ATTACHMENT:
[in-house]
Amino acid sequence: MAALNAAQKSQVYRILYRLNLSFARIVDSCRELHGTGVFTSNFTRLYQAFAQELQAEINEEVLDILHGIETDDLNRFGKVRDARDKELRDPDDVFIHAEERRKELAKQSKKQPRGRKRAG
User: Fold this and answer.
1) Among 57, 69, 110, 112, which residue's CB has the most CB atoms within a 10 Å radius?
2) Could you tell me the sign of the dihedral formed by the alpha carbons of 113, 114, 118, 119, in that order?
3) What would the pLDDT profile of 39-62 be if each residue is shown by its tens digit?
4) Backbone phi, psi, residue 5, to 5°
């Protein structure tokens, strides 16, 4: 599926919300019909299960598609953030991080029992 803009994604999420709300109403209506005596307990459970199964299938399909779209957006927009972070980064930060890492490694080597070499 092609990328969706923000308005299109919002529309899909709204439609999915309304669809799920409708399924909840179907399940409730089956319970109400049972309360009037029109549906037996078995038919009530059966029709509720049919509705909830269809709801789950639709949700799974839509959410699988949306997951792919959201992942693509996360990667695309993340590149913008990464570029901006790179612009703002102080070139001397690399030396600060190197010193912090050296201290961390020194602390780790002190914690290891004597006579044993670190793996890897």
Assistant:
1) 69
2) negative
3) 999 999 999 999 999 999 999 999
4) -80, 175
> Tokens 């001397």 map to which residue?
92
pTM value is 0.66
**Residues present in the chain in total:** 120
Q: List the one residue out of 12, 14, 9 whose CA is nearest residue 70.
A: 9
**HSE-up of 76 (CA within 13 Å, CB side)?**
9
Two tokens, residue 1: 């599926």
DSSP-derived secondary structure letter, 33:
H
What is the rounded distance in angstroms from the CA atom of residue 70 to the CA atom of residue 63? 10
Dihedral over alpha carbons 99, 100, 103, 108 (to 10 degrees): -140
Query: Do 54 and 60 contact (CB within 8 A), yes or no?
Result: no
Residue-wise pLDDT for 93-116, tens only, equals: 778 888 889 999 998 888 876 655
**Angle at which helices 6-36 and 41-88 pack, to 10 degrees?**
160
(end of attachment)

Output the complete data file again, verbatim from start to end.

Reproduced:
[in-house]
Amino acid sequence: MAALNAAQKSQVYRILYRLNLSFARIVDSCRELHGTGVFTSNFTRLYQAFAQELQAEINEEVLDILHGIETDDLNRFGKVRDARDKELRDPDDVFIHAEERRKELAKQSKKQPRGRKRAG
User: Fold this and answer.
1) Among 57, 69, 110, 112, which residue's CB has the most CB atoms within a 10 Å radius?
2) Could you tell me the sign of the dihedral formed by the alpha carbons of 113, 114, 118, 119, in that order?
3) What would the pLDDT profile of 39-62 be if each residue is shown by its tens digit?
4) Backbone phi, psi, residue 5, to 5°
């Protein structure tokens, strides 16, 4: 599926919300019909299960598609953030991080029992 803009994604999420709300109403209506005596307990459970199964299938399909779209957006927009972070980064930060890492490694080597070499 092609990328969706923000308005299109919002529309899909709204439609999915309304669809799920409708399924909840179907399940409730089956319970109400049972309360009037029109549906037996078995038919009530059966029709509720049919509705909830269809709801789950639709949700799974839509959410699988949306997951792919959201992942693509996360990667695309993340590149913008990464570029901006790179612009703002102080070139001397690399030396600060190197010193912090050296201290961390020194602390780790002190914690290891004597006579044993670190793996890897």
Assistant:
1) 69
2) negative
3) 999 999 999 999 999 999 999 999
4) -80, 175
> Tokens 């001397």 map to which residue?
92
pTM value is 0.66
**Residues present in the chain in total:** 120
Q: List the one residue out of 12, 14, 9 whose CA is nearest residue 70.
A: 9
**HSE-up of 76 (CA within 13 Å, CB side)?**
9
Two tokens, residue 1: 């599926």
DSSP-derived secondary structure letter, 33:
H
What is the rounded distance in angstroms from the CA atom of residue 70 to the CA atom of residue 63? 10
Dihedral over alpha carbons 99, 100, 103, 108 (to 10 degrees): -140
Query: Do 54 and 60 contact (CB within 8 A), yes or no?
Result: no
Residue-wise pLDDT for 93-116, tens only, equals: 778 888 889 999 998 888 876 655
**Angle at which helices 6-36 and 41-88 pack, to 10 degrees?**
160